What happens when you ascend too fast while diving?
Decompression sickness: Often called “the bends,” decompression sickness happens when a scuba diver ascends too quickly. … But if a diver rises too quickly, the nitrogen forms bubbles in the body. This can cause tissue and nerve damage. In extreme cases, it can cause paralysis or death if the bubbles are in the brain.
How do you ascend slowly when diving?
SLOWLY KICK AND SWIM UP
When you are ready to ascend, hold your inflator hose in your left hand and have your finger on the deflate button. You should start to kick up slowly, while continuously releasing air from your BCD. This stops the air in your BCD from expanding too much and pulling you up too quickly!
What does the bends feel like?
The most common signs and symptoms of the bends include joint pains, fatigue, low back pain, paralysis or numbness of the legs, and weakness or numbness in the arms. Other associated signs and symptoms can include dizziness, confusion, vomiting, ringing in the ears, head or neck pain, and loss of consciousness.
Do free divers get the Benz?
Free divers really don’t have to worry about decompression sickness (the bends) because they are not breathing compressed air underwater. They are simply taking a breath of air at the surface, descending, and returning to the surface with that same breath of air.
Can you fly after free diving?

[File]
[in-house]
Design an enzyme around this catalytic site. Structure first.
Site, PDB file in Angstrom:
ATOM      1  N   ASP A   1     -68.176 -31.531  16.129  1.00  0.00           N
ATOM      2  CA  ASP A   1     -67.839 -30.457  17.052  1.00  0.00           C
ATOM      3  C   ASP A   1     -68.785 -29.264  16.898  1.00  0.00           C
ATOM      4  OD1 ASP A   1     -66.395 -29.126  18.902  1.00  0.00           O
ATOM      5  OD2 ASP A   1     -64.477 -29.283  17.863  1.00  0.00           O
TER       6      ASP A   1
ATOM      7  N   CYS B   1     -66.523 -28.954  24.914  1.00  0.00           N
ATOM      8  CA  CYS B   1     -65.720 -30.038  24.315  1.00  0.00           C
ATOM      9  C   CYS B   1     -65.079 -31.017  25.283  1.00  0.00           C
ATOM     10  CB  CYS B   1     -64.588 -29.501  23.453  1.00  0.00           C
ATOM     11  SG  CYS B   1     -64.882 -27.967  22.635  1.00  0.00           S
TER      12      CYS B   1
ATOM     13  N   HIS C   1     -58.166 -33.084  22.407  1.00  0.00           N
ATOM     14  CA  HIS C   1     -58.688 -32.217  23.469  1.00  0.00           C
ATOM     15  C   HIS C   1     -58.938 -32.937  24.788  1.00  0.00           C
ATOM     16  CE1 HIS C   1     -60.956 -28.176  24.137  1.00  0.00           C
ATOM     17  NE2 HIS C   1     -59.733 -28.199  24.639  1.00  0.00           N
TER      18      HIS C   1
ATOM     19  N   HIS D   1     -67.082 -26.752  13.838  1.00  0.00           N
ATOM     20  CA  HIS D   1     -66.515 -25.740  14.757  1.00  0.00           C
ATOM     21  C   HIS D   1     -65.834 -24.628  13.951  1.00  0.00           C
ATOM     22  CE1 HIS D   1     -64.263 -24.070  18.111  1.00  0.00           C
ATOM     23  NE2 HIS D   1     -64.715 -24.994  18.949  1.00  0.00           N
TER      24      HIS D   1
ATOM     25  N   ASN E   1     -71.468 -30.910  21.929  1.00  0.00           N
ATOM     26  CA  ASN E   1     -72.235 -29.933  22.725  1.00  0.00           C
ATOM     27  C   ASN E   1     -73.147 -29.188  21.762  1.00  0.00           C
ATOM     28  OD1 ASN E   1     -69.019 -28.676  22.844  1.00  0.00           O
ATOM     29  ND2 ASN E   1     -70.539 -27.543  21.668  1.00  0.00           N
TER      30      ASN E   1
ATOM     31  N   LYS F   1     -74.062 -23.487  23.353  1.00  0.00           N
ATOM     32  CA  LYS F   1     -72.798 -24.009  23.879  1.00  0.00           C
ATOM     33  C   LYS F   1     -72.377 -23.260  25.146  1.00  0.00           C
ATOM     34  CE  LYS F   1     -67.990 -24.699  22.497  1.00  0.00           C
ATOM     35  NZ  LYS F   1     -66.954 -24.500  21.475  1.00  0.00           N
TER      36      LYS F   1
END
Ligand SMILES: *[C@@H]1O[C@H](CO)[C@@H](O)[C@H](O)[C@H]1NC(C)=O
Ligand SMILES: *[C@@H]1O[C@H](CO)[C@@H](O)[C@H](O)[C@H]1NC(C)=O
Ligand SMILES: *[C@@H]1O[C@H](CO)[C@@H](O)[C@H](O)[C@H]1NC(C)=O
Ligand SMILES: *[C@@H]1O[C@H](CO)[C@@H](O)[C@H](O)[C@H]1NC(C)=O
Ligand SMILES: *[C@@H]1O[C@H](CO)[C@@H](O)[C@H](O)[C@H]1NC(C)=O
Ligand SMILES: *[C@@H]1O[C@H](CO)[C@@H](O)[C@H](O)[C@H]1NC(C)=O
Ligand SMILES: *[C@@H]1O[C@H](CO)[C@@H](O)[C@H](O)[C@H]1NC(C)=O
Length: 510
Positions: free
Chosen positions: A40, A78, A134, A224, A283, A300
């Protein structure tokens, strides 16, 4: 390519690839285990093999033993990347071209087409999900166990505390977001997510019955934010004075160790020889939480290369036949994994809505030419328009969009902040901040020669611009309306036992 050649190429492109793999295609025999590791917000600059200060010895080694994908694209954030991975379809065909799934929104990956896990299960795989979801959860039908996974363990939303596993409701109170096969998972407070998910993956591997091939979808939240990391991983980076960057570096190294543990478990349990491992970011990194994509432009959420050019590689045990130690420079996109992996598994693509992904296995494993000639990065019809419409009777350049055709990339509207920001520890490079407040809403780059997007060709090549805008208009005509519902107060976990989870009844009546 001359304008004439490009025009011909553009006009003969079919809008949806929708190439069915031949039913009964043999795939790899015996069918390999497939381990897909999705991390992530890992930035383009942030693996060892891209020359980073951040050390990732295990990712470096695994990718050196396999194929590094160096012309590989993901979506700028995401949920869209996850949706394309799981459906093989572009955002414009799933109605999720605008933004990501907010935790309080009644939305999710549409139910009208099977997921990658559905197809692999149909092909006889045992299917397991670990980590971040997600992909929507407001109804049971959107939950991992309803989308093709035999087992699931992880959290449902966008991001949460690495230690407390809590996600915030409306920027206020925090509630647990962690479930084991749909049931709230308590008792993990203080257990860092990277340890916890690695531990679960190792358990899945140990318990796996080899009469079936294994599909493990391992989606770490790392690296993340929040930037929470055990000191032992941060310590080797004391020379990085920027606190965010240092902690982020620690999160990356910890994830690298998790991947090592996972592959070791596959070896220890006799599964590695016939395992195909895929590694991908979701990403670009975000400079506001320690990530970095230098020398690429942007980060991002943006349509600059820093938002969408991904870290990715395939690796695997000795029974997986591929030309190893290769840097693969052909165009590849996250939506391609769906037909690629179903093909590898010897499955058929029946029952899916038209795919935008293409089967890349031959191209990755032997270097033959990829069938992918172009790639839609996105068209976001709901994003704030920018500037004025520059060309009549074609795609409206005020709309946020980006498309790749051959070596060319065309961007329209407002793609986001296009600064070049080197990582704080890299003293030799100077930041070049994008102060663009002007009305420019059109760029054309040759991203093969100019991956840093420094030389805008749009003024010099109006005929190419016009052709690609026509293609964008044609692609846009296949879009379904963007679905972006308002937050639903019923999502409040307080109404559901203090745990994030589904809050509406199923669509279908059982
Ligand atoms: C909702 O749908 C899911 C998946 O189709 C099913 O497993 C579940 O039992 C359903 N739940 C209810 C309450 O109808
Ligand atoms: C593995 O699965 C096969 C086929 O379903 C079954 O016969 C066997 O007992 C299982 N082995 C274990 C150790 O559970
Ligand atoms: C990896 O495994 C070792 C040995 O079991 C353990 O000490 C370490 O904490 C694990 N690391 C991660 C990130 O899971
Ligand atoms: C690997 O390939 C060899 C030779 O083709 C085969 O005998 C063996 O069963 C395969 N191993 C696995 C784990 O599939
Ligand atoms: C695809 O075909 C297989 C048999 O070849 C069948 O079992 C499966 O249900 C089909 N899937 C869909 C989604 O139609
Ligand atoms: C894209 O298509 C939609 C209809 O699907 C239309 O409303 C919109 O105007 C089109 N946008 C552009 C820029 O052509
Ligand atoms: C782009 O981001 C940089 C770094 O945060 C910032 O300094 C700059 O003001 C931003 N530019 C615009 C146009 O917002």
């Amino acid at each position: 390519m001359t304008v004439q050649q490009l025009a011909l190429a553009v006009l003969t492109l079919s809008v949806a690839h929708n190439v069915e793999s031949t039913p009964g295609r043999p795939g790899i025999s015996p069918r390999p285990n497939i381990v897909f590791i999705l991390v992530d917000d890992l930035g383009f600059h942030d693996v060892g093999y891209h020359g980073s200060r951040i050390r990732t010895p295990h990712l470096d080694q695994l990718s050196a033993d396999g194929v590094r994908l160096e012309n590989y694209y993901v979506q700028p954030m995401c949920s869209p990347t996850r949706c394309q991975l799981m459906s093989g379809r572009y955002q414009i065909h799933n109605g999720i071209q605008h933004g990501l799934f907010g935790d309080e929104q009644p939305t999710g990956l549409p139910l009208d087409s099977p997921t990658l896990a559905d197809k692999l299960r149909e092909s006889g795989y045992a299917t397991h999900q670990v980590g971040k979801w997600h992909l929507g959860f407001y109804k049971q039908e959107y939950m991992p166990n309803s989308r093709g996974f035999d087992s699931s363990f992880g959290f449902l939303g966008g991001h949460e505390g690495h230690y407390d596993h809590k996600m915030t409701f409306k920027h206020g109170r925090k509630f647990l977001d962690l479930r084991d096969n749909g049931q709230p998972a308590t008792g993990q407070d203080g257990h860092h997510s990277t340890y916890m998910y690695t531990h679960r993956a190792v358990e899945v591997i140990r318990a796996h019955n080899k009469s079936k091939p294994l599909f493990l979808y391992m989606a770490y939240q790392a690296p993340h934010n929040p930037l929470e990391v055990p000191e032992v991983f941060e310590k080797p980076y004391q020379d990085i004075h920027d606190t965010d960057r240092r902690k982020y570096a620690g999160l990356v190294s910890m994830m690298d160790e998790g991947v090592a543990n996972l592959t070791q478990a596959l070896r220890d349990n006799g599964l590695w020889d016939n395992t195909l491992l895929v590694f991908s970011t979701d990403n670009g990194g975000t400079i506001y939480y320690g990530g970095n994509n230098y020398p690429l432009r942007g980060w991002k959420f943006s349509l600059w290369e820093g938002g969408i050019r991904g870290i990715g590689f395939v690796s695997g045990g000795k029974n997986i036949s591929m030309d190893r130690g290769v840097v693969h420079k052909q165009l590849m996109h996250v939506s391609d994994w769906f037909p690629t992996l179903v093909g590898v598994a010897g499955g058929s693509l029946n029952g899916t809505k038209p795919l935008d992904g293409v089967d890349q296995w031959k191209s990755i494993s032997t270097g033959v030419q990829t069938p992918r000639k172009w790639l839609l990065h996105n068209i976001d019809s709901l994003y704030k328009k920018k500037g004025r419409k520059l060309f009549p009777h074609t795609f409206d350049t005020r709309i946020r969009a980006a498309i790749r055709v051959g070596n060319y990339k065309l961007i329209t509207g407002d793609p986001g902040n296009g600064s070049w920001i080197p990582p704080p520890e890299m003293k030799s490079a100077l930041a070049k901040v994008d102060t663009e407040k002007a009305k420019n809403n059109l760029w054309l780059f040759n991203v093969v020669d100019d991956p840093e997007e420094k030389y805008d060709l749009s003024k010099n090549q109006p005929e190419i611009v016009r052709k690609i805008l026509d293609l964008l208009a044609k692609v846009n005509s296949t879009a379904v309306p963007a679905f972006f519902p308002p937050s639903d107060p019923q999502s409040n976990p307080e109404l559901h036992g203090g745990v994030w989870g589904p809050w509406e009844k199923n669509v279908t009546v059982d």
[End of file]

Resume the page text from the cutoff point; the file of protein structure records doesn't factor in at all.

As a certified diver, you likely know air travel too soon after a scuba dive poses a serious risk of decompression sickness (DCS). … Your PADI® Open Water Diver course taught that it is important to wait 12-18 hours after diving before traveling on an airplane.
Why do divers need to ascend slowly?
Nitrogen in a diver’s body will expand most quickly during the final ascent, and allowing his body additional time to eliminate this nitrogen will further reduce the diver’s risk of decompression sickness. … Divers should slowly ascend from all dives to avoid decompression sickness and AGE.
What part of the mask makes you see the underwater clearer?
Press the top ridge of your mask firmly to your forehead while slowly opening the bottom seal and blowing hard through your nose. Tilt your head back slightly, looking up while exhaling through your nose. This step should help the air you blow out to push the water out of the mask.